#INVOLVE2014 is the perfect place for you to start using social media in public involvement: top tips

Monday saw INVOLVE publish its long awaited guidelines on using social media as part of active public involvement in research. And excellent they are too since they were put together with your help.

You can find the full document here:

And nine examples of how social media has been used in public involvement here;

As for the top tips here they are:
1. Keep it simple
2. Start slowly and build relationships
3. Make it interesting
4. Allow plenty of time and be flexible in your approach
5. Set limits and establish ground rules
6. Be responsive
7. Use social media alongside other forms of involvement

Whether you are at the INVOLVE Conference or not, what better time to start using social media…just remember to use the hashtag – #INVOLVE2014

Breaking Boundaries review of public involvement in the NIHR – Update Ahead of #INVOLVE2014

So, as you can imagine, I am limbering up today and tomorrow in preparation for the INVOLVE Conference – ‘Changing Landscapes’ - which takes place in Birmingham later this week. That means sit-ups, press-ups, gargling water and mnemonics to remember the difference between participation, engagement and involvement and other useful stuff like that.

It should be an excellent meeting and, as always, I am looking forward to seeing old friends and meeting new ones.

This year’s event has added spice because we will be talking about the strategic review of public involvement in NIHR and here’s a brief announcement about what people can expect.  It is also on the NIHR website.

Breaking Boundaries review of public involvement in the NIHR – Update

24 November 2014

Attendees at this year’s INVOLVE conference in Birmingham on 26/7 November entitled ‘Changing Landscapes,’ will hear the findings of the Breaking Boundaries strategic review of public involvement in the NIHR.

Simon Denegri, National Director for Public Participation and Engagement in Research and Chair, INVOLVE, said:

“This has been an ambitious project. We have had an amazing response from people and organisations to our call for views and ideas. We just need a bit more time to put it together and make sure it is visionary and actionable as a report. The good thing is that people at the conference will have an opportunity to shape our final approach, in particular how we address future priorities in a changing landscape.”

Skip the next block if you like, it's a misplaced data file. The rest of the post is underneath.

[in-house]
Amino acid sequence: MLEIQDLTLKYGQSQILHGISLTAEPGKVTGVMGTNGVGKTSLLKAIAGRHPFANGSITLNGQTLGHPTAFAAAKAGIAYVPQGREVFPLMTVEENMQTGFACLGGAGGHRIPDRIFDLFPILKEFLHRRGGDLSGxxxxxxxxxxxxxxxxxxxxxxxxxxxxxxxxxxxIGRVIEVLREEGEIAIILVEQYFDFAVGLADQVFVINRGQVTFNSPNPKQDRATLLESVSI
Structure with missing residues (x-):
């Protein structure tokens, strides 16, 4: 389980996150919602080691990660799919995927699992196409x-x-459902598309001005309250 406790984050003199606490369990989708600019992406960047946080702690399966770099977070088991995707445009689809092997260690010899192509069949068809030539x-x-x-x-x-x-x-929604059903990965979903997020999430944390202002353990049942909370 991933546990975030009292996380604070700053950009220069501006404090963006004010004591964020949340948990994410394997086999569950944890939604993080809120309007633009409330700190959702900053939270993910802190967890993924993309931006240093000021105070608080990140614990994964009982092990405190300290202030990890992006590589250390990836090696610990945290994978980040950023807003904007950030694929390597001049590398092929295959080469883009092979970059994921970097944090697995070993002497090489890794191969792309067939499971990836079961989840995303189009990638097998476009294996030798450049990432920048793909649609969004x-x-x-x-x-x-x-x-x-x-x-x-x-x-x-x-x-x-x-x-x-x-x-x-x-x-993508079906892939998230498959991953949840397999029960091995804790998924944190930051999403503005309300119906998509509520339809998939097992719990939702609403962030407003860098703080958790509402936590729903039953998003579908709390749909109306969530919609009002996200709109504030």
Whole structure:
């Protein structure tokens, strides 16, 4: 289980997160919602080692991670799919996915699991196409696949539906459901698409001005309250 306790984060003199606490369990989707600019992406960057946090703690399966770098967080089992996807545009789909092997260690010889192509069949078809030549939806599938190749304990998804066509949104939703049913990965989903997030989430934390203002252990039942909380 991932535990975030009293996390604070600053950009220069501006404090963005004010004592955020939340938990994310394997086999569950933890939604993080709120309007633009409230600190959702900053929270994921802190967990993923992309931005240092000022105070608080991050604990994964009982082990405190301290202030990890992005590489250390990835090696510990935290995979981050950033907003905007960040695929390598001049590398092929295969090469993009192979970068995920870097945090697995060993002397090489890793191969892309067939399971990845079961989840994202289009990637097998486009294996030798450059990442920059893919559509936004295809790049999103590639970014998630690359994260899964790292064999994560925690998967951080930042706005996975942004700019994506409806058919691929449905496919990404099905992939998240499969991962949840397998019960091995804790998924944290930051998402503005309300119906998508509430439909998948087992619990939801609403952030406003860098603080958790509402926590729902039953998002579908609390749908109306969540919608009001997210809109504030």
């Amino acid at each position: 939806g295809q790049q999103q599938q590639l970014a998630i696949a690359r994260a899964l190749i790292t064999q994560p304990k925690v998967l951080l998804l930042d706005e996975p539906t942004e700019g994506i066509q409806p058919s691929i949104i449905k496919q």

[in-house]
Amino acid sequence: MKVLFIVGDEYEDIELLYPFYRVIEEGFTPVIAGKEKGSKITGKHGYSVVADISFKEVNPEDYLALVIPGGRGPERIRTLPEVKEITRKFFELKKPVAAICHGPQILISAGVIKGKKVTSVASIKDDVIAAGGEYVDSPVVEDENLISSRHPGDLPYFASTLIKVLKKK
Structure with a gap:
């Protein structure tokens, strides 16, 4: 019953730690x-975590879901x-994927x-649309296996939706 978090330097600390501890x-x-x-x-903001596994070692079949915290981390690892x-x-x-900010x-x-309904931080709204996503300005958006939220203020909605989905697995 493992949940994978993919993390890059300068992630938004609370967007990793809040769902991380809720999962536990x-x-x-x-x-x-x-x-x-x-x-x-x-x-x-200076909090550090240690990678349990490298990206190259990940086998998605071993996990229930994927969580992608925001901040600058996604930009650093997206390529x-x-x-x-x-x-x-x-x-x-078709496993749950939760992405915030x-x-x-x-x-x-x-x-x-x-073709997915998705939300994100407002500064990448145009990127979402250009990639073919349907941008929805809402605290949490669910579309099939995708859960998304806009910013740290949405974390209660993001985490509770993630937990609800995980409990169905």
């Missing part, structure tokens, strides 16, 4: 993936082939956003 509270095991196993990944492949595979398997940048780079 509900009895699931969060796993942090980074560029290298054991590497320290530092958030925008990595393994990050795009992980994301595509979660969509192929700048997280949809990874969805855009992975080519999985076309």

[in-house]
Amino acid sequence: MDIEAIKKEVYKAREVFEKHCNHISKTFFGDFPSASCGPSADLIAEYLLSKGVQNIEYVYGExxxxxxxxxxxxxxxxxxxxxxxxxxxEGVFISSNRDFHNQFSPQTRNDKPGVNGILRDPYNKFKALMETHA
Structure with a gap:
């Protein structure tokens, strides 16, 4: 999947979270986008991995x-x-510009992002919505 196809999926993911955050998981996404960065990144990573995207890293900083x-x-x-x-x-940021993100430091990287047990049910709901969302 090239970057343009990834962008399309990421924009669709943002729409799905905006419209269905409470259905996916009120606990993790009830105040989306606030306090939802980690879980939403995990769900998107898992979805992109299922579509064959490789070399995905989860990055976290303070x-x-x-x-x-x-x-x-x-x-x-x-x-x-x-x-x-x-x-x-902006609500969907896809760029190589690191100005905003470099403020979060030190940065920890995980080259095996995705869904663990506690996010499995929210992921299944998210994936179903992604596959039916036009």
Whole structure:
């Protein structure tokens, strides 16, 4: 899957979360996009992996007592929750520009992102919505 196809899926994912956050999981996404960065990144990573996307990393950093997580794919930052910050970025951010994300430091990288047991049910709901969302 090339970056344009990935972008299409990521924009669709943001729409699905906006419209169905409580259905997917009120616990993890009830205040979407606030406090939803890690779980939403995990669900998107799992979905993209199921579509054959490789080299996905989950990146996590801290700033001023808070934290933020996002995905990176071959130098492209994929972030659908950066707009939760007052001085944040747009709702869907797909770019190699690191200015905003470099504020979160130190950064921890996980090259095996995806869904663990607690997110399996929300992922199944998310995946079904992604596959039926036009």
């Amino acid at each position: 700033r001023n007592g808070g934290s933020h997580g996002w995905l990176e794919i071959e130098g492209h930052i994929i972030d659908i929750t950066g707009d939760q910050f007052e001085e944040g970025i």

The Breaking Boundaries report is expected to be published before the end of the year.

Breaking Boundaries received over 500 responses from patients and the public, researchers and others, more than 80 submissions from organisations, as well as taking evidence from charities, industry and international organisations. It also held workshop sessions as part of events around the country. A number of key themes have emerged from this call including:

- The value of working with the public, and the difference it makes to the quality of research
– Inconsistencies in practice and implementation across NIHR and other funders
– Barriers to the public contributing to research including awareness, attitudes and support
– The importance of partnership and collaboration to future success
– The need to recognise and share good practice.

When asked about the future of public involvement over the next 10 years, contributors to the review have highlighted a number of priorities. These include:

- Greater public awareness of research and the NIHR’s role in making it happen
– Public involvement to be seen as normal and accepted practice
– Actionable evidence of the value of public involvement
– Locally relevant but strategically consistent implementation
– Clarity over quality and good practice in public involvement
– Agreed measures for how public involvement is making a difference
– Global partnership and better links with the NHS and other funders.

People can contribute their views on Breaking Boundaries and other public involvement issues this week using the INVOLVE Conference hashtag #INVOLVE2014


The Breaking Boundaries strategic review of public involvement was commissioned by the National Institute for Health Research (NIHR) and announced on March 31st 2014. The review panel was asked to make a report and recommendations to the NIHR according to the following terms of reference:

  • A compelling vision and clear objectives for the NIHR’s leadership in public involvement.
  • Areas where the NIHR should be looking to maximise the public’s contribution to health, social care and public health research in the future.
  • Ways in which NIHR organisations should be thinking about, linking, planning and executing public involvement, participation and engagement activities.
  • Options for the future support and organisation of public involvement across the NIHR so that it is embedded in policy and practice.
  • How the NIHR can grow a diverse and inclusive public involvement community
  • Innovations and new thinking in public involvement in health, social care and public health research.